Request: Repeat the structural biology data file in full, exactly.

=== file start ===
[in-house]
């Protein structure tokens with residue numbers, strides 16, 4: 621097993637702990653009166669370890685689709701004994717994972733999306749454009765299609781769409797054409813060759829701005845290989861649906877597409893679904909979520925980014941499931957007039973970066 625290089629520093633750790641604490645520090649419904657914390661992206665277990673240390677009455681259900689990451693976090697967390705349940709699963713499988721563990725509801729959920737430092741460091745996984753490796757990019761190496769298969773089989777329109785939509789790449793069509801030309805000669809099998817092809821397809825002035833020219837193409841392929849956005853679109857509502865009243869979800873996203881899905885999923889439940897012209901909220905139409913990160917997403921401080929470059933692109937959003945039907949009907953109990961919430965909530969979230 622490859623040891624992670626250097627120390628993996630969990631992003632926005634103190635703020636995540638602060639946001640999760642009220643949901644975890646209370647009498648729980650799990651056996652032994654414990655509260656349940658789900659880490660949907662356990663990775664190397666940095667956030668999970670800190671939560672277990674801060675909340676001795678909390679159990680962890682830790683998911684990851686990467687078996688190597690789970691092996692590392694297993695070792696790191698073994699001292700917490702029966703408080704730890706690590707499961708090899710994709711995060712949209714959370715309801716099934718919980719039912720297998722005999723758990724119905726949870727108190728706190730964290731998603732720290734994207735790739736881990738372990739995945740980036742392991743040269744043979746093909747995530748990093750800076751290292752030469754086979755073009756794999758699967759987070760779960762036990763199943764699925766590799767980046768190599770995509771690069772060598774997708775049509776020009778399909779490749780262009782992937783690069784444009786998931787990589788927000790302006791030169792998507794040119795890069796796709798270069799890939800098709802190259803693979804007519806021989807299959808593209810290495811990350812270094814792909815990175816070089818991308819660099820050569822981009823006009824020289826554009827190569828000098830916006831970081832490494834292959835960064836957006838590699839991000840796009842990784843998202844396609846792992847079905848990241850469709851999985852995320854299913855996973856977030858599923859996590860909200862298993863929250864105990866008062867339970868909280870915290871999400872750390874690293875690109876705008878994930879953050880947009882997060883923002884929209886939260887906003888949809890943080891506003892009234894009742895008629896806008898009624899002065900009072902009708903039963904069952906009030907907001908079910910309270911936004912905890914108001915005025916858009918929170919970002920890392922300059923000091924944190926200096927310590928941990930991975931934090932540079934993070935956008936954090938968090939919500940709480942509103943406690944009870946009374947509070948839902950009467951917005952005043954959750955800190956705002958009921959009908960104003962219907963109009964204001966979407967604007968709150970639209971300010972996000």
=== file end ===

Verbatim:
[in-house]
């Protein structure tokens with residue numbers, strides 16, 4: 621097993637702990653009166669370890685689709701004994717994972733999306749454009765299609781769409797054409813060759829701005845290989861649906877597409893679904909979520925980014941499931957007039973970066 625290089629520093633750790641604490645520090649419904657914390661992206665277990673240390677009455681259900689990451693976090697967390705349940709699963713499988721563990725509801729959920737430092741460091745996984753490796757990019761190496769298969773089989777329109785939509789790449793069509801030309805000669809099998817092809821397809825002035833020219837193409841392929849956005853679109857509502865009243869979800873996203881899905885999923889439940897012209901909220905139409913990160917997403921401080929470059933692109937959003945039907949009907953109990961919430965909530969979230 622490859623040891624992670626250097627120390628993996630969990631992003632926005634103190635703020636995540638602060639946001640999760642009220643949901644975890646209370647009498648729980650799990651056996652032994654414990655509260656349940658789900659880490660949907662356990663990775664190397666940095667956030668999970670800190671939560672277990674801060675909340676001795678909390679159990680962890682830790683998911684990851686990467687078996688190597690789970691092996692590392694297993695070792696790191698073994699001292700917490702029966703408080704730890706690590707499961708090899710994709711995060712949209714959370715309801716099934718919980719039912720297998722005999723758990724119905726949870727108190728706190730964290731998603732720290734994207735790739736881990738372990739995945740980036742392991743040269744043979746093909747995530748990093750800076751290292752030469754086979755073009756794999758699967759987070760779960762036990763199943764699925766590799767980046768190599770995509771690069772060598774997708775049509776020009778399909779490749780262009782992937783690069784444009786998931787990589788927000790302006791030169792998507794040119795890069796796709798270069799890939800098709802190259803693979804007519806021989807299959808593209810290495811990350812270094814792909815990175816070089818991308819660099820050569822981009823006009824020289826554009827190569828000098830916006831970081832490494834292959835960064836957006838590699839991000840796009842990784843998202844396609846792992847079905848990241850469709851999985852995320854299913855996973856977030858599923859996590860909200862298993863929250864105990866008062867339970868909280870915290871999400872750390874690293875690109876705008878994930879953050880947009882997060883923002884929209886939260887906003888949809890943080891506003892009234894009742895008629896806008898009624899002065900009072902009708903039963904069952906009030907907001908079910910309270911936004912905890914108001915005025916858009918929170919970002920890392922300059923000091924944190926200096927310590928941990930991975931934090932540079934993070935956008936954090938968090939919500940709480942509103943406690944009870946009374947509070948839902950009467951917005952005043954959750955800190956705002958009921959009908960104003962219907963109009964204001966979407967604007968709150970639209971300010972996000």